Samsung Debuts Innovative CXL Module Enabling DDR5 Memory Upgrades Via A PCIe 5 Slot
Data centers have a new high-tech toy to play with, courtesy of Samsung. Called the CLX Memory Expander, it sort of looks like an external storage device (from the renders) in the vein of Samsung's T7 Portable SSD
, but it is nothing of the sort. This is essentially a memory expansion device that leverages the new Compute Express Link (CLX) interconnect standard.
Why not just stick with conventional DDR-based memory? Well, there is a limitation imposed by memory channels, whereas Samsung's CXL-enabled module scales memory capacity to terabyte levels, in DDR5 form
to boot. In addition, Samsung says its new solution dramatically reduces system latency caused by memory caching.
CXL, by the way, is an open standard with widespread industry backing. The interconnect is based on the PCI Express 5.0 interface to enable fast communication between the CPU and other devices, including accelerators, memory buffers, and smart I/O devices, while boosting memory capacity and bandwidth above and beyond currently available solutions.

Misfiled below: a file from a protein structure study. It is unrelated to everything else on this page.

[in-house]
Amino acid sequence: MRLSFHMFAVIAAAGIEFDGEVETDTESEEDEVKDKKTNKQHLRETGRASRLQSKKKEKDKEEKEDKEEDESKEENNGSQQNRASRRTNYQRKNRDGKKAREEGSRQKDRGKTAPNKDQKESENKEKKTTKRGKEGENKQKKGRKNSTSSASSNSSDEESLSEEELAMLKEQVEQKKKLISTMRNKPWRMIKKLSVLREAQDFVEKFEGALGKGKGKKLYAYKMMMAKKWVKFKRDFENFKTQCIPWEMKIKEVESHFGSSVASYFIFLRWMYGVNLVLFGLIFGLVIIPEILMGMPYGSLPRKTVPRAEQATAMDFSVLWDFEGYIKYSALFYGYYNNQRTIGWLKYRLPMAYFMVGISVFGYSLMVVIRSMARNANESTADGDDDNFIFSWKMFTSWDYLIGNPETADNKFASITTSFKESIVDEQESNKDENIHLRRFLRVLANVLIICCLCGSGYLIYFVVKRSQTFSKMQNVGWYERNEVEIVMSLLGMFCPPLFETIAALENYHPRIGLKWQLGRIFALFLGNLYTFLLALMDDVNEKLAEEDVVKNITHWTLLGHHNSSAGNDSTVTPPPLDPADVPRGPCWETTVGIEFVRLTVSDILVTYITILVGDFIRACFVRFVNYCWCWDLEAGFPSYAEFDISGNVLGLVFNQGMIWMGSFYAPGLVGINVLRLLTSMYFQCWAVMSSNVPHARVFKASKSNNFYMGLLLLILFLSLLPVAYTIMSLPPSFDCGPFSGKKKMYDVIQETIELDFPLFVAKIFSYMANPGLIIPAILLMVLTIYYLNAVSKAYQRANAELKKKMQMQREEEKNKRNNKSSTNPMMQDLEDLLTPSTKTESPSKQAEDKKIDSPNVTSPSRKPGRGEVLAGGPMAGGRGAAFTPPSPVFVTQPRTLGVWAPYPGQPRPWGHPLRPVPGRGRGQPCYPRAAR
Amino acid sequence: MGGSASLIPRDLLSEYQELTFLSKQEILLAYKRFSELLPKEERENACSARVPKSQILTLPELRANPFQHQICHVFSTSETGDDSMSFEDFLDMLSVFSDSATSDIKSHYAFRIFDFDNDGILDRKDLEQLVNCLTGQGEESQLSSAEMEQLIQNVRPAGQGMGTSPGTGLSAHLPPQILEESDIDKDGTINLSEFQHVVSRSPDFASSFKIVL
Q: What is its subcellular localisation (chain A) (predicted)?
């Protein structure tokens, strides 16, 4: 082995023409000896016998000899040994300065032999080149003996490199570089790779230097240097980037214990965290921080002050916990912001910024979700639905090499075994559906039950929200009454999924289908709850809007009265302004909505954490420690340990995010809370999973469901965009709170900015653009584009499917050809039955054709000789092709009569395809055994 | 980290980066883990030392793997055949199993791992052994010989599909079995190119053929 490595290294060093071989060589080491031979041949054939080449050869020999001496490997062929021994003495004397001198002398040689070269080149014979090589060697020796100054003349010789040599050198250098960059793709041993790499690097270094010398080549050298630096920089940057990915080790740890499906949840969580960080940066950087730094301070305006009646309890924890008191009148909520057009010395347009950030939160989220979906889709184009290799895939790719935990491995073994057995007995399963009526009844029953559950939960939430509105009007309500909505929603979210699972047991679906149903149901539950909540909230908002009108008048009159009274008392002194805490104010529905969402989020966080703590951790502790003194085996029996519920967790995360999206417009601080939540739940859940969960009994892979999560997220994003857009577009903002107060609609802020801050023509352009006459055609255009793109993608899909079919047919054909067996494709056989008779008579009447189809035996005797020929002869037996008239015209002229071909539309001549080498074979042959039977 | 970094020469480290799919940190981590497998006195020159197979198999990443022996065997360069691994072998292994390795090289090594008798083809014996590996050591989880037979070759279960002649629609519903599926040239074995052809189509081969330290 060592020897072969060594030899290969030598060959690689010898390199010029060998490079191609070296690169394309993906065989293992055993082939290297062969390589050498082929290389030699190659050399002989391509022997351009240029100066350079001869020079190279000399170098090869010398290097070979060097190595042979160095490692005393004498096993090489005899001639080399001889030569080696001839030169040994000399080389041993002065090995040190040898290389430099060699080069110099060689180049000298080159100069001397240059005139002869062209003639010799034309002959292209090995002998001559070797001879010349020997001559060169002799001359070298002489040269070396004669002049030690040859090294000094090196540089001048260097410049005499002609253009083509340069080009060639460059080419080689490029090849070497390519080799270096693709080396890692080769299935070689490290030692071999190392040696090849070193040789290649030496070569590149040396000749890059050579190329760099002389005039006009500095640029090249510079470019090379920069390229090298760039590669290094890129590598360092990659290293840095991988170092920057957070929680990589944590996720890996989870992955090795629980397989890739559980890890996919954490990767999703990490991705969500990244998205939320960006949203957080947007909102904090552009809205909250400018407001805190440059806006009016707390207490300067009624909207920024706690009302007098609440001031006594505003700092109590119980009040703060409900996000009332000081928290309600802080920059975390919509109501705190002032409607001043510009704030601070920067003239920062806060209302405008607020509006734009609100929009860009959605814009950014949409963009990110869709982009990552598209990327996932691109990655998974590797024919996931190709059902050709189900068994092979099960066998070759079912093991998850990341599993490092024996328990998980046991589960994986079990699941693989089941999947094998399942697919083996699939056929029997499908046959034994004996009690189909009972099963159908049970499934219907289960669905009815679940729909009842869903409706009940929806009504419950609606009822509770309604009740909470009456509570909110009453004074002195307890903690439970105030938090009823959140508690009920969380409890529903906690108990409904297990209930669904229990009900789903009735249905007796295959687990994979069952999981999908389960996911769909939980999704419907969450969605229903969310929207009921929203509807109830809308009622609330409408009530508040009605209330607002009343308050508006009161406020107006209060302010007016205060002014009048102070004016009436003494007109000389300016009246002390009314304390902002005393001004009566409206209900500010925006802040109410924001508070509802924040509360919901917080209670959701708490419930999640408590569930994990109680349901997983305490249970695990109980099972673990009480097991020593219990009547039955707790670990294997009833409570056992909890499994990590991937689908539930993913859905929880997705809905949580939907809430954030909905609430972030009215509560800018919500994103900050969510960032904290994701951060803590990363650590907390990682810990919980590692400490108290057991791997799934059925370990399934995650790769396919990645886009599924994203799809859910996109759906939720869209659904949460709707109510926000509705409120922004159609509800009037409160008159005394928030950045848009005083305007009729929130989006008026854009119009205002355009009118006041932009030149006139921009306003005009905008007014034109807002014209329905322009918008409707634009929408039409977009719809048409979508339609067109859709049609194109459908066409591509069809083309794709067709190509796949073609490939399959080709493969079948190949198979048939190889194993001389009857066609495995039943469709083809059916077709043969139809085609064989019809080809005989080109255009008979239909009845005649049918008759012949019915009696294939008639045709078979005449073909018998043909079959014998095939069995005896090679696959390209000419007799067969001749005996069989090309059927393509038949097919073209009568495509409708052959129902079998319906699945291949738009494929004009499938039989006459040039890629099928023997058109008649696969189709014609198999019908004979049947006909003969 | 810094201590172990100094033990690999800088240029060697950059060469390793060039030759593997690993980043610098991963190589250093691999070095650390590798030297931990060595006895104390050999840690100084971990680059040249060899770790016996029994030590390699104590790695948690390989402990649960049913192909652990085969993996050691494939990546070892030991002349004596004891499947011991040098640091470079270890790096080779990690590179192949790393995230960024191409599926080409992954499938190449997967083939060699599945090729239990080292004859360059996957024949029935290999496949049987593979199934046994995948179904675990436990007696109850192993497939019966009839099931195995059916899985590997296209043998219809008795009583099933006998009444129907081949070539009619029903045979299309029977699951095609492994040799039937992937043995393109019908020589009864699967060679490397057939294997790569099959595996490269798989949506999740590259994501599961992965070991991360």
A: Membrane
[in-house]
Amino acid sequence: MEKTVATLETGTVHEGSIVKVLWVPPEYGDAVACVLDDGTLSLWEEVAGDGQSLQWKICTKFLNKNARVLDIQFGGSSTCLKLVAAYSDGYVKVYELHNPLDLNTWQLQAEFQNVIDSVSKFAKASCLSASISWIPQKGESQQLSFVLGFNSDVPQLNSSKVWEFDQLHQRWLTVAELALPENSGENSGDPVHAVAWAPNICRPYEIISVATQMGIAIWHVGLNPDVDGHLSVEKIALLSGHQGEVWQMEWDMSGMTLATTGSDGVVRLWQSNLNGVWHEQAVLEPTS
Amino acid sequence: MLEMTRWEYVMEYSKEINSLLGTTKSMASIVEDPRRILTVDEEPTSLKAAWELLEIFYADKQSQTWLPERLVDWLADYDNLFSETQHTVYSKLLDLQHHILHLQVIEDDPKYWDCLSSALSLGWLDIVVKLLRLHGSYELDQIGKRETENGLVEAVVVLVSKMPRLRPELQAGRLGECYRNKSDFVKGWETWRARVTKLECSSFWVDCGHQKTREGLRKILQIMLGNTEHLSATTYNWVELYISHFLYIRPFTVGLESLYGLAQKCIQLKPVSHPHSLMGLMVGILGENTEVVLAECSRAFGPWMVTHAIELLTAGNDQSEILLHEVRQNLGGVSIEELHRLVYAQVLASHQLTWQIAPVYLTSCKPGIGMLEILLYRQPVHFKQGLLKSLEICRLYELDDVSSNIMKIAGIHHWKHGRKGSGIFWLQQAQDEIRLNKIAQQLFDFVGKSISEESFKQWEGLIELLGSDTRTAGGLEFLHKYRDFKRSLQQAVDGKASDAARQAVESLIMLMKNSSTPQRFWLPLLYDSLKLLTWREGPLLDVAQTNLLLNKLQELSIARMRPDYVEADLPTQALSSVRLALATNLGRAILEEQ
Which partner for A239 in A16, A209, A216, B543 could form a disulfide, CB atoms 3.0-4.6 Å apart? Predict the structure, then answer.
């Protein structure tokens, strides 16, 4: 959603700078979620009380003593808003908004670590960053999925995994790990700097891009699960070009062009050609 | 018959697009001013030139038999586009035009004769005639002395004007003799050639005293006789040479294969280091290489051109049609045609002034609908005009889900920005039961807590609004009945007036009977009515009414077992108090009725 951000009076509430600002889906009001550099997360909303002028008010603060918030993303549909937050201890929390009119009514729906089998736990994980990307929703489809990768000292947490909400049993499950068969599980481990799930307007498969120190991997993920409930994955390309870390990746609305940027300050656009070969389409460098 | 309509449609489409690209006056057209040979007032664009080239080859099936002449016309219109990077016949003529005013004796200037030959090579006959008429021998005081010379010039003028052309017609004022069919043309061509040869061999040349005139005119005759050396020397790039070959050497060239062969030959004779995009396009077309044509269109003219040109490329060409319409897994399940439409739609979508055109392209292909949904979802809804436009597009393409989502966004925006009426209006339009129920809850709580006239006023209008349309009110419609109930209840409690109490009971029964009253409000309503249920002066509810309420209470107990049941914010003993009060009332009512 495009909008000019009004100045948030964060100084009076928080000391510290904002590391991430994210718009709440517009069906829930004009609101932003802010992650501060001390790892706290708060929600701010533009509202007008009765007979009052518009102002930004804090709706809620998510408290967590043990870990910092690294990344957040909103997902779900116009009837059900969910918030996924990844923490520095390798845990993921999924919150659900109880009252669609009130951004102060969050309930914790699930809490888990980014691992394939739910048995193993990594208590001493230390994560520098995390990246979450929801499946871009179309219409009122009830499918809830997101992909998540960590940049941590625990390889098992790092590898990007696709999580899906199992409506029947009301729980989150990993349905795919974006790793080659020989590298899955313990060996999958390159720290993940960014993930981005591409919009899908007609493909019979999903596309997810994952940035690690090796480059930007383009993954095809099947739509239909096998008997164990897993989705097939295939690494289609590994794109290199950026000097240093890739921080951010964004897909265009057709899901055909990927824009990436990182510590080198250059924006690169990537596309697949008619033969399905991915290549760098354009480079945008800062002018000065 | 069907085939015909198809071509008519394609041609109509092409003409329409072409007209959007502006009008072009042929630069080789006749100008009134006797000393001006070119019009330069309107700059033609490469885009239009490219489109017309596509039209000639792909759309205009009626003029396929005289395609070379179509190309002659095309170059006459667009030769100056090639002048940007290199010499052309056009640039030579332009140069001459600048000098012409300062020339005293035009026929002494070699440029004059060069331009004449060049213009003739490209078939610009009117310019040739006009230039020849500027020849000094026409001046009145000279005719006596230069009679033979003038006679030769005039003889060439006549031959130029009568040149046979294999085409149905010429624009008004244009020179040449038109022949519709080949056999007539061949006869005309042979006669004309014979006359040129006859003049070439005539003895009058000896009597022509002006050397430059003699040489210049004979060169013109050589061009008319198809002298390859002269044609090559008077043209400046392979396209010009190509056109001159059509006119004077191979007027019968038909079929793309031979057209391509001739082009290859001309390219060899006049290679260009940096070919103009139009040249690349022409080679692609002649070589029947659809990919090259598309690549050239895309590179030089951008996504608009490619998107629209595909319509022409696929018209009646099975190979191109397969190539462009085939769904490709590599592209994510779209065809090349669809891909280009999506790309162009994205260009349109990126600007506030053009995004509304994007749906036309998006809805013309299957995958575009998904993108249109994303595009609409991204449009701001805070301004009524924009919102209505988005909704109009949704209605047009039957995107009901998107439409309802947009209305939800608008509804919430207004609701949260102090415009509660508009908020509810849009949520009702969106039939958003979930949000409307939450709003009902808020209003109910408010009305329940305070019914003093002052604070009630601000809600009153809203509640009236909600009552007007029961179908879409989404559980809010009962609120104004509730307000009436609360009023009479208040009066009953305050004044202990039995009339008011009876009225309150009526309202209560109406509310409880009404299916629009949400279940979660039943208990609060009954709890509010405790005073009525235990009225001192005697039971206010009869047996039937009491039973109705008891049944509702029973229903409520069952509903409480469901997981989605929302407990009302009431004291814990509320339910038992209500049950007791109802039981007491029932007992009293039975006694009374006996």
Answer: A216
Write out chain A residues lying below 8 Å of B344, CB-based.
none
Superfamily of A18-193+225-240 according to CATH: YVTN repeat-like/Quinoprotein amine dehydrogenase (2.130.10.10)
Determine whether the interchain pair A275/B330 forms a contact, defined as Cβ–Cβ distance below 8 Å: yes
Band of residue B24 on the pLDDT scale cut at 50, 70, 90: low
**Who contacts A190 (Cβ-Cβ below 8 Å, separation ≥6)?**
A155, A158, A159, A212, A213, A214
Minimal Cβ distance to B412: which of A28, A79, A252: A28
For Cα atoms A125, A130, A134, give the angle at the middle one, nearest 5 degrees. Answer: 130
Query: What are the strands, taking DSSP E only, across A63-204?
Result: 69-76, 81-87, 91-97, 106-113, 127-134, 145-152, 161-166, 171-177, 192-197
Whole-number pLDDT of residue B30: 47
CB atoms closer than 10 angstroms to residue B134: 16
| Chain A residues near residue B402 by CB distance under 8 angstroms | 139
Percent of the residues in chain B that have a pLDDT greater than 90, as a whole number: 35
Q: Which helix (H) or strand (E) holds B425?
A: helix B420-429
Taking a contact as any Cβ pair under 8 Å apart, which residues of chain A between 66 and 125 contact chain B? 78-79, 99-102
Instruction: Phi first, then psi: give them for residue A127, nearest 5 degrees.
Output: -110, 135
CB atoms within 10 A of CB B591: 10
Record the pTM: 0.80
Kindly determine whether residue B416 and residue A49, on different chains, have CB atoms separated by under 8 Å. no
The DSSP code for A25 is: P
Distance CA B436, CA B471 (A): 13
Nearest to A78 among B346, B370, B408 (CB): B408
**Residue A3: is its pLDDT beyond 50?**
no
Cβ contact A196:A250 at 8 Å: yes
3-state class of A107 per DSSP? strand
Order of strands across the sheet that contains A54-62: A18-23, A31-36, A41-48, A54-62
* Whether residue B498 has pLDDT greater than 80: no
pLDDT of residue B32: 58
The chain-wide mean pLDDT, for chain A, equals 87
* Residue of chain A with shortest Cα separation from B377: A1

"This is the industry’s first DRAM-based memory solution that runs on the CXL interface, which will play a critical role in serving data-intensive applications including AI and machine learning in data centers as well as cloud environments," said Cheolmin Park, vice president of the Memory Product Planning Team at Samsung Electronics.
"Samsung will continue to raise the bar with memory interface innovation and capacity scaling to help our customers, and the industry at-large, better manage the demands of larger, more complex, real-time workloads that are key to AI and the data centers of tomorrow.”
Samsung says it incorporated a bunch of controller and software technologies into the design of its CLX Memory Expander
, like memory mapping, interface converting, and error management. The upshot is both the CPU and GPU can recognize the CXL module as main memory. That being the case, perhaps we will see this in a consumer platform someday—16GB, 32GB, or even 64GB RAM configs are cool and all, but imagine going into terabyte territory!
That's getting ahead of ourselves, though. These modules are designed and bound for the data center. To that end, Samsung says its terabyte-level memory solution has already been validated on next-generation server platform from Intel (which we take to mean Sapphire Rapids
). In addition, AMD said it is working with Samsung to bring its advanced interconnect memory solution its EPYC customers too.